By Sr. State Department Producer Elise Labott
The United States is looking to increase its presence in Libya to stem the looting and dissemination of Libyan weapons, senior U.S. officials said Wednesday.
But the effort could be too slow, as CNN reporter Ben Wedeman and producer Ingrid Formanek reported Wednesday about caches of shoulder-fired missiles that had been looted from a Tripoli area weapons depot.
Helping the Libyan Transitional National Council secure the weapons is a significant concern for the U.S., the White House counterterrorism adviser said Wednesday.
"Obviously, securing any type of material or weapons that could be used by terrorist groups; that would be weapons of mass destruction, or whether it be [shoulder-fired surface-to-air missiles], or whether it be arsenals of weapons," John Brennan said at a Washington conference Wednesday. "Obviously, there are a lot of parts to that country that are ungoverned, a lot of concerns."
A senior State Department official said Libya has one of the largest stockpiles of weapons in the world, compared with other countries that do not manufacture weapons.
The U.S. is worried about the regional al Qaeda, known as AQIM, as well as other terrorists and terror states that can buy looted weapons, the official said.
Al Qaeda has significant ties to Libya, Brennan said.
"When you look at al Qaeda, you know, it's not just the Libyan-Islamic fighting group that was, you know, a real concern - and it still has people in different places - but a lot of the senior al Qaeda members are Libyans," he said. "You know, they're all - many of them, senior ones - are Libyans."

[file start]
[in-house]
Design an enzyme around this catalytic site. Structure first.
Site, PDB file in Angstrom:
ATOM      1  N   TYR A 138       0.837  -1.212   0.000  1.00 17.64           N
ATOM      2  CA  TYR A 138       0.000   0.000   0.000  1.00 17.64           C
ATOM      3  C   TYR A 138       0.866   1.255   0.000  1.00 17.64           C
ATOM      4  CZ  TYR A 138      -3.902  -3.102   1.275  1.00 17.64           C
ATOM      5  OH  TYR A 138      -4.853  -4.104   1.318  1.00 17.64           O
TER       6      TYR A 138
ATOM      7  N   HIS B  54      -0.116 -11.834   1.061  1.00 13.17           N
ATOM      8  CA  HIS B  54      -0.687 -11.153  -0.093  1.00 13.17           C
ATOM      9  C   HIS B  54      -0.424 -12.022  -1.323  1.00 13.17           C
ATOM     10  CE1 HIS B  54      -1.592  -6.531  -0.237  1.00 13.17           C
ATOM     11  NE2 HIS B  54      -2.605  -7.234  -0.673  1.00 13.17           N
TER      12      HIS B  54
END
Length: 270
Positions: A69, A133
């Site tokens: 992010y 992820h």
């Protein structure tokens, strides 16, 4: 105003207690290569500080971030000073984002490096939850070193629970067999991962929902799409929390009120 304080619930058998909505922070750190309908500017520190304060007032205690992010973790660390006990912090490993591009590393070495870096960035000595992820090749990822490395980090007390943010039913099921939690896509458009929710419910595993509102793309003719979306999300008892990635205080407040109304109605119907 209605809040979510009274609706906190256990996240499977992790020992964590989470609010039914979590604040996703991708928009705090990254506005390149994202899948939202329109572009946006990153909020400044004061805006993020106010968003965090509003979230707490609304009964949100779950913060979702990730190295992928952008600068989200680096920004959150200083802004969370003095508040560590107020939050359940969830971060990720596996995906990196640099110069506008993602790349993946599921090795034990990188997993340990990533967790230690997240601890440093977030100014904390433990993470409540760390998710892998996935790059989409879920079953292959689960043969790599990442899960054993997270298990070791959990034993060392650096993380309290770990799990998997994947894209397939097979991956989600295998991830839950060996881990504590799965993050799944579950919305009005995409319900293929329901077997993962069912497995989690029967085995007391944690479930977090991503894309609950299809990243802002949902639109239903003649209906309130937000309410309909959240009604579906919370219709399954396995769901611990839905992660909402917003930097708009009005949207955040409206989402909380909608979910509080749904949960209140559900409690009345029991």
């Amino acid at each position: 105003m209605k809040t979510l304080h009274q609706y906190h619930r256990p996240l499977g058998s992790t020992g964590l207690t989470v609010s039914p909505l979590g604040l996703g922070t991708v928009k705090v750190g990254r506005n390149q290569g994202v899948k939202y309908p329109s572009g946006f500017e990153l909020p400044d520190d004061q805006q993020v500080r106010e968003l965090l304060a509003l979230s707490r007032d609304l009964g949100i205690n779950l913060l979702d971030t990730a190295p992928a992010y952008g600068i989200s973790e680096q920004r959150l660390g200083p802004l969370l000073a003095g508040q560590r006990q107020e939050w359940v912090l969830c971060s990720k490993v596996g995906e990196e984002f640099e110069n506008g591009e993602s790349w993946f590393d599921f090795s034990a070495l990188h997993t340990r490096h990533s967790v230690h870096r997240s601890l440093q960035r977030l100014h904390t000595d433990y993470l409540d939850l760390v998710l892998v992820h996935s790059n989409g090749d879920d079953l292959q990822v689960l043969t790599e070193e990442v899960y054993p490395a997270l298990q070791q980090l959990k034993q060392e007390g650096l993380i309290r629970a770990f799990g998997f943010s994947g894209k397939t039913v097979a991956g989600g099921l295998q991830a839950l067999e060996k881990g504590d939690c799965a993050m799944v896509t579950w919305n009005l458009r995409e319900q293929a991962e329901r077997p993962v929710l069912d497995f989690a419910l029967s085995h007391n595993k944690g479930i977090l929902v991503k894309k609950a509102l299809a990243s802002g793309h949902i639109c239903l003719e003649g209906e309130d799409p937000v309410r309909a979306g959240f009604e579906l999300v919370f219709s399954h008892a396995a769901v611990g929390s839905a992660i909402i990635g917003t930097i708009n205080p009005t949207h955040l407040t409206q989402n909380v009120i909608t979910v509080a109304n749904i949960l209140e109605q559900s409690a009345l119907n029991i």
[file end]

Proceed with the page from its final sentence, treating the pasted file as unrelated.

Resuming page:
The State Department official, who would not speak on the record, said the U.S. is very worried about surface-to-air missiles, known as MANPADS, that are capable of shooting down aircraft. An example of such a missile is the SA-14.
Asked about what CNN witnessed, the official acknowledged that some weapons are missing but didn't know about current looting and whether AQIM had the weapons. The official said the weapons could be in the hands of rebels or locals.
Some locals have already shown up and said, "I found this, what do I do with it," the official said.
An interagency MANPADS task force has been addressing the situation in Libya since May. In addition to the unconventional weapons, land mines stashes - some of which are left over from World War II - have been a big concern. In May, the U.S. gave an initial $3 million to two nongovernmental organizations, the British Mine Advisory Group and the Swiss Foundation for demining.
The U.S. has also been meeting with countries that border Libya, including Chad, Mauritania, Tunisia and Niger. In the meetings, the U.S. is urging them to stop the transit of weapons and giving them detailed pictures of what to look for.
U.S. agents met in Malta with the NTC in August to talk about weapons and offer help securing them, according to the State Department official. Since August, a State Department MANPAD expert has been on the ground working with Libyans and NGOs to identify all weapons sites, do inventory and secure weapons when possible. Other interagency personnel are there to work on this as well, the official said.
The United States will also have two U.S. contractors who are explosive ordnance experts to help in Libya. The contractors will not be subject to the same movement limitations of U.S. government employees. The State Department is working on an agreement with the NTC about what Libyans need, what the U.S. is permitted to do and where they can go.
– CNN Senior National Security Producer Pam Benson contributed to this report.